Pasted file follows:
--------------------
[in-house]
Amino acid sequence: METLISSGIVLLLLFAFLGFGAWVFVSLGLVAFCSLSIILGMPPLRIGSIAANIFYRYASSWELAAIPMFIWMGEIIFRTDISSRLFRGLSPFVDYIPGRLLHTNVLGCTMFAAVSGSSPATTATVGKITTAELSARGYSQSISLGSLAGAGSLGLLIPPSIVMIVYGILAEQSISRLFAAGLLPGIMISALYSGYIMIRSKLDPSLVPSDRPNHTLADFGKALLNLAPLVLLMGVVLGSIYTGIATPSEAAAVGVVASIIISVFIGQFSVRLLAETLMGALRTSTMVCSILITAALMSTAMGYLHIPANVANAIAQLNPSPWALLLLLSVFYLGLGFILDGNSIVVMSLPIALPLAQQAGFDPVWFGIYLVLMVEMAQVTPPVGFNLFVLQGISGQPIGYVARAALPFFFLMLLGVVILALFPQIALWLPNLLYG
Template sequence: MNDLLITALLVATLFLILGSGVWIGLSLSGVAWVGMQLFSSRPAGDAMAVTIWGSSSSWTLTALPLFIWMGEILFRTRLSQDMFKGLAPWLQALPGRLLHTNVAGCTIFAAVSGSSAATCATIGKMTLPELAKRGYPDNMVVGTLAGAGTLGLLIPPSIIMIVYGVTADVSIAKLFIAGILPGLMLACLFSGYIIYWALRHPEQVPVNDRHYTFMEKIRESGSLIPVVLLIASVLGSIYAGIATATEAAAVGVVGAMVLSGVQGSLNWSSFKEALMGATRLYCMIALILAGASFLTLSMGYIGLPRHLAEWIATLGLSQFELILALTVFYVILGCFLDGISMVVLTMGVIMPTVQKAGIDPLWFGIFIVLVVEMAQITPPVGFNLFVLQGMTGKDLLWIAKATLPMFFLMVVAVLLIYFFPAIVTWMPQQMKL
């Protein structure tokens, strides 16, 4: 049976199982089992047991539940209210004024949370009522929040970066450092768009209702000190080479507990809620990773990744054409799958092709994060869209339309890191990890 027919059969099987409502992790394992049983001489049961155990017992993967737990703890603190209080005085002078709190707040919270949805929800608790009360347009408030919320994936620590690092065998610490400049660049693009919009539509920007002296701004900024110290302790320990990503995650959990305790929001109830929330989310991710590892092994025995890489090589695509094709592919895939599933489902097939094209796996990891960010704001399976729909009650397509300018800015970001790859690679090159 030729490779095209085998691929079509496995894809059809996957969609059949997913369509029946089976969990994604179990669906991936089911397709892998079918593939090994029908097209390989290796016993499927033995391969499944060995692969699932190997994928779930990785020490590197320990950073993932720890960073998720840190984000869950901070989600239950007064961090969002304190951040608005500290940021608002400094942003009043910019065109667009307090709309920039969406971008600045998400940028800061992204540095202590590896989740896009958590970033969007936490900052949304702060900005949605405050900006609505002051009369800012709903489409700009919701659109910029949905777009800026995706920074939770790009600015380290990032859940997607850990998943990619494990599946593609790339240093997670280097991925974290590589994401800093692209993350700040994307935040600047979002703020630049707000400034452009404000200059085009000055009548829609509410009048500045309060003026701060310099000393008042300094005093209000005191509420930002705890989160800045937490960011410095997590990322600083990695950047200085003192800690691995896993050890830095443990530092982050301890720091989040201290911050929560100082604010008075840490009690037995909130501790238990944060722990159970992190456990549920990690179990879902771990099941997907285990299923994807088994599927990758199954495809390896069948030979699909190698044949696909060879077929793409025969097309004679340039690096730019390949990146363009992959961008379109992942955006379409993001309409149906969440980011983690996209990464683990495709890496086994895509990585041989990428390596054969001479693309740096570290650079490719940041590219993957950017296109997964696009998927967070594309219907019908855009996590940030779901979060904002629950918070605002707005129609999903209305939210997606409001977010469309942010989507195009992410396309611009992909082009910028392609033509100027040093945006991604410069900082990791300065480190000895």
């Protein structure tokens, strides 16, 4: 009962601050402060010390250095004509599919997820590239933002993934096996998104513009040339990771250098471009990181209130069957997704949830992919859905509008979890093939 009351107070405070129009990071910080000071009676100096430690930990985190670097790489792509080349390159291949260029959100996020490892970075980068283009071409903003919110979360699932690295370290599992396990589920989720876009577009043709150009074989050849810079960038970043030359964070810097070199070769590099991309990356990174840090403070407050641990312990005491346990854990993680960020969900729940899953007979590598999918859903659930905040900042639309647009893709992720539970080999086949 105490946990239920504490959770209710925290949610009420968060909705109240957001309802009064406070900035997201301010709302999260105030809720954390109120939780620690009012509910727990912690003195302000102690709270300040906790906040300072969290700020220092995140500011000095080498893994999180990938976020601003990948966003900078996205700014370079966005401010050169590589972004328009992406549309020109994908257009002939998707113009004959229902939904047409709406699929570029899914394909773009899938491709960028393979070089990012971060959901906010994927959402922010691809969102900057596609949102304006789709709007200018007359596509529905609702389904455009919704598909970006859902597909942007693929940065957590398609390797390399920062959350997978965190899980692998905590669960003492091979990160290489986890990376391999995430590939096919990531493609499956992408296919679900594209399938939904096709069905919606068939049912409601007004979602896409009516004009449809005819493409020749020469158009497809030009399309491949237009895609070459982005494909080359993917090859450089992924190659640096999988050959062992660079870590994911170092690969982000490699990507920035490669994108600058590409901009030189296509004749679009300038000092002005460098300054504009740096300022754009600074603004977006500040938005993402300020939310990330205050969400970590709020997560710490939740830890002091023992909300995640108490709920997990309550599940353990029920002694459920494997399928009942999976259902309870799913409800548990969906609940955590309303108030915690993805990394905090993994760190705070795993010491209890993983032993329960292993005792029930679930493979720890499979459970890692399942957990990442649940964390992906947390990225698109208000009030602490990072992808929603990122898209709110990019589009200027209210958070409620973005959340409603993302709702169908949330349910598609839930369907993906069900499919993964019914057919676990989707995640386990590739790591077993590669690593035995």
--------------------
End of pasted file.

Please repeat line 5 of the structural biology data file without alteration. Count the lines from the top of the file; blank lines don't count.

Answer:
């Protein structure tokens, strides 16, 4: 009962601050402060010390250095004509599919997820590239933002993934096996998104513009040339990771250098471009990181209130069957997704949830992919859905509008979890093939 009351107070405070129009990071910080000071009676100096430690930990985190670097790489792509080349390159291949260029959100996020490892970075980068283009071409903003919110979360699932690295370290599992396990589920989720876009577009043709150009074989050849810079960038970043030359964070810097070199070769590099991309990356990174840090403070407050641990312990005491346990854990993680960020969900729940899953007979590598999918859903659930905040900042639309647009893709992720539970080999086949 105490946990239920504490959770209710925290949610009420968060909705109240957001309802009064406070900035997201301010709302999260105030809720954390109120939780620690009012509910727990912690003195302000102690709270300040906790906040300072969290700020220092995140500011000095080498893994999180990938976020601003990948966003900078996205700014370079966005401010050169590589972004328009992406549309020109994908257009002939998707113009004959229902939904047409709406699929570029899914394909773009899938491709960028393979070089990012971060959901906010994927959402922010691809969102900057596609949102304006789709709007200018007359596509529905609702389904455009919704598909970006859902597909942007693929940065957590398609390797390399920062959350997978965190899980692998905590669960003492091979990160290489986890990376391999995430590939096919990531493609499956992408296919679900594209399938939904096709069905919606068939049912409601007004979602896409009516004009449809005819493409020749020469158009497809030009399309491949237009895609070459982005494909080359993917090859450089992924190659640096999988050959062992660079870590994911170092690969982000490699990507920035490669994108600058590409901009030189296509004749679009300038000092002005460098300054504009740096300022754009600074603004977006500040938005993402300020939310990330205050969400970590709020997560710490939740830890002091023992909300995640108490709920997990309550599940353990029920002694459920494997399928009942999976259902309870799913409800548990969906609940955590309303108030915690993805990394905090993994760190705070795993010491209890993983032993329960292993005792029930679930493979720890499979459970890692399942957990990442649940964390992906947390990225698109208000009030602490990072992808929603990122898209709110990019589009200027209210958070409620973005959340409603993302709702169908949330349910598609839930369907993906069900499919993964019914057919676990989707995640386990590739790591077993590669690593035995």